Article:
Everyone experiences the effects of stress on the body from time to time. Stress can be described as the body’s physical, emotional and mental response to a change that calls for some kind of adjustment. Positive stress is normal; however excessive stress can affect health, causing many stress-related problems. If there are existing illnesses, stress can make them worse. Continuous stress manifests itself in the form of severe headaches, hypertension, chest pain, abdominal pain, skin irritations, anxiety, depression, respiratory problems and disturbed sleep.
Chronic stress can have severe effects on the body’s systems. For instance, it can suppress the immune system, increase the risk of cardiovascular disease, be instrumental in the person becoming infertile and accelerate aging. Studies have proved that stress can cause both mental and physiological problems like obesity, diabetes, hair loss, hyperthyroidism, sexual dysfunction, ulcers and even cancer. According to research, about 90% doctors visits focus on treatment for stress-related symptoms
Here is a brief overview of the effects of stress on the body:
The nervous system:
During stress, the brain triggers the release of adrenaline and cortisol in the adrenal glands. When the levels of these chemicals are steadily high, it can affect memory and learning and also increase the risk of depression.
The endocrine system:
The moment a stressful situation occurs, the body’s stress hormones induce the liver to release blood sugar. For those who are already type 2 diabetic, or at risk, higher blood sugar levels can actually result in diabetes.
The respiratory system:
The normal reaction to stress is rapid breathing, breathlessness and in some cases, hyperventilation. If this is prolonged, it can cause upper respiratory tract infections.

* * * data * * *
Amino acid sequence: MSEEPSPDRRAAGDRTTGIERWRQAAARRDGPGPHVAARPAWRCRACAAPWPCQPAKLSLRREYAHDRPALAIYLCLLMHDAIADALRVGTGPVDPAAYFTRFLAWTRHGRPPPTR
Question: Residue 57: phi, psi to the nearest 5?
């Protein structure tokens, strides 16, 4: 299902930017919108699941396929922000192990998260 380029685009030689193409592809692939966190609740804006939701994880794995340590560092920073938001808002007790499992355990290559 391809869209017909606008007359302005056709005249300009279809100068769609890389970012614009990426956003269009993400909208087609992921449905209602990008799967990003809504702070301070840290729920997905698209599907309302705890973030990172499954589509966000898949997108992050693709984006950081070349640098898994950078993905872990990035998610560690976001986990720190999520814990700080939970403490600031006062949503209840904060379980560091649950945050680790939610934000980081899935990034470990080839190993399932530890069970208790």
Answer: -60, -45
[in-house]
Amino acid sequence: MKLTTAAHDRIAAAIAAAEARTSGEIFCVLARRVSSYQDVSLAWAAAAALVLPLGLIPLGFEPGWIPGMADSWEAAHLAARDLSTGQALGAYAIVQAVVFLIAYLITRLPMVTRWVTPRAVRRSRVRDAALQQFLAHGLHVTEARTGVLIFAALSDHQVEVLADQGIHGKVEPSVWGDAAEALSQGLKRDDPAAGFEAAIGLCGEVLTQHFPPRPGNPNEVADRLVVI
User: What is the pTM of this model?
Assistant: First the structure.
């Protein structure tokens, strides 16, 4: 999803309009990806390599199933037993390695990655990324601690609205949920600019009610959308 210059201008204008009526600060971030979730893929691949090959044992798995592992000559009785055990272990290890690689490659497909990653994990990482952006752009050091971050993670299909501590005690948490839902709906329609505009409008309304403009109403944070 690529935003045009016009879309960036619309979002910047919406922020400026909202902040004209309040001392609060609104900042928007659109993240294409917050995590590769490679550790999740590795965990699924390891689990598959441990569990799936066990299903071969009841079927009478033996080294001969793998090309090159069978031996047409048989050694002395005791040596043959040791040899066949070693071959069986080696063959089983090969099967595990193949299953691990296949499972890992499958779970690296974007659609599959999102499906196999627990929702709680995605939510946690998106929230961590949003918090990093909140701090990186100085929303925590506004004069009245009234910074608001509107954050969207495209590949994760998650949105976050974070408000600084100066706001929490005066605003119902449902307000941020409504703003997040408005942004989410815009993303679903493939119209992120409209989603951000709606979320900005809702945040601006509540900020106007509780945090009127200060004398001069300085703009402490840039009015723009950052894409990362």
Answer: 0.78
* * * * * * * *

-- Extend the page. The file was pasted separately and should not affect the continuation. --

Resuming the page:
The cardiovascular system:
Sometimes specific situations like the prospect of facing an exam or an interview can raise the pulse rate and blood pressure. When the pressure of performance is constant, it can gradually result in the narrowing of the arteries and high cholesterol levels. This opens the door to cardiac diseases, cardiac arrest and stroke.
The reproductive system:
For women, in particular, the effects of stress on the body can be in the form of shorter or irregular menstrual cycles and painful periods. Stress during pregnancy can result in the baby becoming prone to asthma and other allergies.
The immune system:
While short-term positive stress is good for the immune system by assisting it in combating infection, continued stress can reverse this process. This can make injuries heal slowly, cause skin conditions like acne, eczema, psoriasis and general infection.
The digestive system:
Acute stress could cause dry mouth, indigestion, nausea, gas, diarrhea or constipation. When these become chronic, it can turn into uncomfortable conditions like IBS, heartburn, ulcers etc.
The musculo-skeletal system:
It is common to feel one’s muscles bracing themselves in unusual situations. Continued exposure to risky situations can result in headaches, back pain, and tight shoulders. It could also cause osteoporosis.
While it is virtually impossible to get rid of stress, it is possible to control the effects of stress on the body to some extent through natural methods and relaxation techniques like hypnotherapy, Yoga, meditation and deep breathing.
Through hypnotherapy stress can be managed effectively. Hypnotherapy identifies and explores why an individual reacts in a particular way to specific situations. Coping strategies are then developed to help the individual overcome stressors. Hypnosis has a calming effect and helps the person make a reassessment of the stressors.
To avoid anxiety, depression and other effects of stress on the body a 100% nutritional supplement called Seredyn has been found to be highly effective. Seredyn has the necessary nutrients that balance stress levels, promote better sleep, helping the individual deal with stressful situations in a calm manner, avoiding the risk of stress-related disease.
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